- At least 16 people are killed in explosions and shooting Tuesday, police say
- Analyst: "This takes the cake ... given the scale of the operation, its potential impact"
- State-run TV reports that guards at Abu Ghraib were complicit in escapes
- Al Qaeda group claims responsibility; at least 500 inmates reportedly escape
An al Qaeda group claimed responsibility Tuesday for coordinated attacks on two Iraqi prisons that a lawmaker said freed more than 500 inmates, including some senior members of the militant group.
Militants supported by suicide bombers and armed with mortars, rocket-propelled grenades and machine guns attacked two Iraqi prisons Sunday and Monday as inmates inside rioted and set fires, ending in a massive jailbreak, authorities said.
The attacks occurred Sunday night at Abu Ghraib, west of Baghdad, and al-Taji prison, north of the capital.
At least 21 inmates and at least eight prison guards were killed, the Iraqi Justice Ministry said, while 25 inmates and 14 guards were wounded.
The Justice Ministry did not say how many inmates had escaped, but lawmaker Hakim al-Zamili said Monday that more than 500 fighters had gotten away.
A statement posted on radical Islamist websites and purporting to be from the Islamic State of Iraq and the Levant claimed responsibility for the attacks and said that "more than 500 of the best jihadi fighters" were among the freed inmates.
CNN could not confirm the authenticity of the statement, which was signed by the group's Information Ministry instead of the more usual official media wing.
State-run TV Al Iraqiya reported that guards at Abu Ghraib, also known as Baghdad Central Prison, facilitated the prison break. Al Iraqiya ran part of an interview with Prime Minister Nuri al-Maliki, who said "the guards who were present inside the prison were part of this militia, they were complicit, and they are the ones who opened the prison gates."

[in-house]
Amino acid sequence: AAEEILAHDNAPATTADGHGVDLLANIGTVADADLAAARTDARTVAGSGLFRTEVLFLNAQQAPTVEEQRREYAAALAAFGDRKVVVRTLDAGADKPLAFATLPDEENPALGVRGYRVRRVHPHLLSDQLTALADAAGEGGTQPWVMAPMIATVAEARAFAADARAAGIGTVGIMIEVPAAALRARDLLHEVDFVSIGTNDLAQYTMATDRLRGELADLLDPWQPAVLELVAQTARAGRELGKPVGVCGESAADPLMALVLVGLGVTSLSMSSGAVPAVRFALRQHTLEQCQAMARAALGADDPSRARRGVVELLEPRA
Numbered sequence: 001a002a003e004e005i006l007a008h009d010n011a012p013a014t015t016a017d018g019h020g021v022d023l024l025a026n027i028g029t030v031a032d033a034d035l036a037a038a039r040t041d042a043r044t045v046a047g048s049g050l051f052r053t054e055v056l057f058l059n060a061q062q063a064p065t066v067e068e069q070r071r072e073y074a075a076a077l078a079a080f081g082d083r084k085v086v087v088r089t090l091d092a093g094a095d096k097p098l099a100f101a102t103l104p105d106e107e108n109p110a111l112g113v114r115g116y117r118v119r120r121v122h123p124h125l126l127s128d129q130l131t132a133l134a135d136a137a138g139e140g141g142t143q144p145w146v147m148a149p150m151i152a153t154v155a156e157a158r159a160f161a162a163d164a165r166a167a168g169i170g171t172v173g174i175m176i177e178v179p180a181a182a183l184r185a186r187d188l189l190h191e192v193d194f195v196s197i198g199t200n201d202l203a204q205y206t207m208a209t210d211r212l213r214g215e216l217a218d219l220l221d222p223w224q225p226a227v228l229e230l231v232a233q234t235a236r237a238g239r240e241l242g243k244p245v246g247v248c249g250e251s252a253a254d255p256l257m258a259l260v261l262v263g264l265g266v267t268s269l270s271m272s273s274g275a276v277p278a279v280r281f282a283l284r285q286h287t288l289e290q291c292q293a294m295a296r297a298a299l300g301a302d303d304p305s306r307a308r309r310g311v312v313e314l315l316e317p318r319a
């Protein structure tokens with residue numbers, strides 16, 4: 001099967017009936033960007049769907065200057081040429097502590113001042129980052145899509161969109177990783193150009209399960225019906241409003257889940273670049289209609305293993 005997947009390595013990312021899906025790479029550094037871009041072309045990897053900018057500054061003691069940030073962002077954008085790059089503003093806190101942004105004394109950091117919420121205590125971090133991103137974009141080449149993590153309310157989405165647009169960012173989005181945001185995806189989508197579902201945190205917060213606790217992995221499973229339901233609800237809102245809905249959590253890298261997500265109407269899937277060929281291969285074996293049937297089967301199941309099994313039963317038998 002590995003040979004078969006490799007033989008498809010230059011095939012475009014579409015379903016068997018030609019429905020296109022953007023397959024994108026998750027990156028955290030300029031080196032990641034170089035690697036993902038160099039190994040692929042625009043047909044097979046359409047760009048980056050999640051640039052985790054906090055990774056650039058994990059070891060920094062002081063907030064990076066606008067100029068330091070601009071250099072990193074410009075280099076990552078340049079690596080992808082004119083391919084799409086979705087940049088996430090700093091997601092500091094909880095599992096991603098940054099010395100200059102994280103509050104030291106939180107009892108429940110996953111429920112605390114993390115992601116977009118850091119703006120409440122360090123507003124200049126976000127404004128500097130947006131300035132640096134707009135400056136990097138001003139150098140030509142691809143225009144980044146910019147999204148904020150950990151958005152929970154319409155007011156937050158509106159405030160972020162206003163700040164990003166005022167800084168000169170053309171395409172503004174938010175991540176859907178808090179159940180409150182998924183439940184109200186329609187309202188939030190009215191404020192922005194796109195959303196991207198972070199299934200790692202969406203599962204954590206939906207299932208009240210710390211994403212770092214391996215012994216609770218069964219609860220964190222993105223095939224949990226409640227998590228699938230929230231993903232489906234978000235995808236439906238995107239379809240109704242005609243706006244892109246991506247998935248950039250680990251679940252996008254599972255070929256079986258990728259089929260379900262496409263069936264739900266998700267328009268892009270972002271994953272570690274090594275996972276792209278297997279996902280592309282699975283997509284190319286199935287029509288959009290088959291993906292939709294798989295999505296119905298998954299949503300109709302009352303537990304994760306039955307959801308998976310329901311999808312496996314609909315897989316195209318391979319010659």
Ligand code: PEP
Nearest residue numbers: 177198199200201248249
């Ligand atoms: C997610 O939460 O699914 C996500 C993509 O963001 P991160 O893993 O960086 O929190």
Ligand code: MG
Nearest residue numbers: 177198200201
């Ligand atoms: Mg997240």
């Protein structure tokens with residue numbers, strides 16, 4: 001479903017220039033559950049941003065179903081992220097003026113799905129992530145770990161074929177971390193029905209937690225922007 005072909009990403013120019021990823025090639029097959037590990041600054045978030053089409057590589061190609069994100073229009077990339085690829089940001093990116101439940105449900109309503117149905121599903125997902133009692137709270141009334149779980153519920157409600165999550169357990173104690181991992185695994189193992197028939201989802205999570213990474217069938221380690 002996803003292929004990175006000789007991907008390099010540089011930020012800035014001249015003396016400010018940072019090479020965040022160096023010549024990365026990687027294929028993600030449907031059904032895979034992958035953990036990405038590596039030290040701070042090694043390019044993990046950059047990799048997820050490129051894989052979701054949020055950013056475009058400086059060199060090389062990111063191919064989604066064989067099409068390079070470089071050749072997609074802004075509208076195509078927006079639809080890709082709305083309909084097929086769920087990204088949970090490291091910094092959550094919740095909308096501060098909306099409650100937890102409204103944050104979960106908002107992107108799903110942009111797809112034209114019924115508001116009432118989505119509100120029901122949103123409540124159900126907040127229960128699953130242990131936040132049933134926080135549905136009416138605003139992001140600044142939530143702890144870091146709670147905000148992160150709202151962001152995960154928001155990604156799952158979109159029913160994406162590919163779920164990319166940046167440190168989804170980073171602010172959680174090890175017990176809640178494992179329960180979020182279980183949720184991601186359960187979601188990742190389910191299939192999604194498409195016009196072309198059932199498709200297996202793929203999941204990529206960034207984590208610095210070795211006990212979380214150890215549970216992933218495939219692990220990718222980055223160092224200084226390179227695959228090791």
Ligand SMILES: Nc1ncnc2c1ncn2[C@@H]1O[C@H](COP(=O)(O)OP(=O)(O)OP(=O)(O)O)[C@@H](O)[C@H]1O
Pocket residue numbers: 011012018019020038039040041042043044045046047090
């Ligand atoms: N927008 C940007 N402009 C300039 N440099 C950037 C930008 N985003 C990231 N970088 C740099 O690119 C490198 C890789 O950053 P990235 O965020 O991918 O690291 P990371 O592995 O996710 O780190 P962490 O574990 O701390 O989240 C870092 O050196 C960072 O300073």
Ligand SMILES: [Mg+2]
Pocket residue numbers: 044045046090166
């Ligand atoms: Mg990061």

Al Iraqiya TV also reported that the Ministry of Interior had arrested a number of the escapees, but the report did not specify a number or from which prison they had escaped.
Ramzy Mardini, adjunct fellow at the Beirut-based Iraq Institute for Strategic Studies, compared the attacks to a previous prison break in Yemen. Many of those who escaped then belonged to al Qaeda.
"Like in Yemen in 2006, this could be al Qaeda's so-called great escape moment in Iraq, whereby a prison break is large and significant enough to exhibit noticeable impact on the insurgency and the group's effectiveness for the foreseeable future," Mardini wrote in an e-mail to CNN.
"Al Qaeda has certainly proven its reach over the past year to still exhibit a capacity to pull off high-profile and coordinated attacks. But this takes the cake, especially given the scale of the operation, its potential impact and the fortified nature of the target," he said.
Mardini described the attacks as al Qaeda's "best advertisement" in terms of propaganda since 2009 bombings in Baghdad.
Meanwhile, at least 16 people were killed and dozens wounded in a new wave of explosions and shooting in Baghdad and Mosul on Tuesday, according to police officials.
Three roadside bombs exploded in rapid succession near a popular restaurant in southern Baghdad, killing seven people and wounding 28 others. A car bomb and two roadside bombs outside a Sunni mosque, also in southern Baghdad, killed four people and wounded 15 more, officials said.
In western Mosul, the northern Iraq metropolis, gunmen at a livestock market killed three Shiite people, who police said were visiting from Baghdad. Two prison guards were shot dead in eastern Mosul.
Attacks on Monday also rocked Mosul. A suicide bomber blew himself up at an Iraqi army post in northern Mosul's Kokjili district in the morning, police said. At least 16 people were killed and 21 were wounded. Both civilians and soldiers were among the victims.
Later, at least four people were killed and two were wounded when a roadside bomb exploded near a Sunni mosque in the al-Muthana neighborhood of central Mosul, police said.
The deadly fighting is the latest in a string of violence in recent months, much of it stemming from discord between Sunnis and Shiites. Sunnis have long felt politically marginalized under a Shiite-led government in the post-Saddam Hussein era. They enjoyed more political clout during Hussein's rule before his ouster after the U.S.-led 2003 invasion.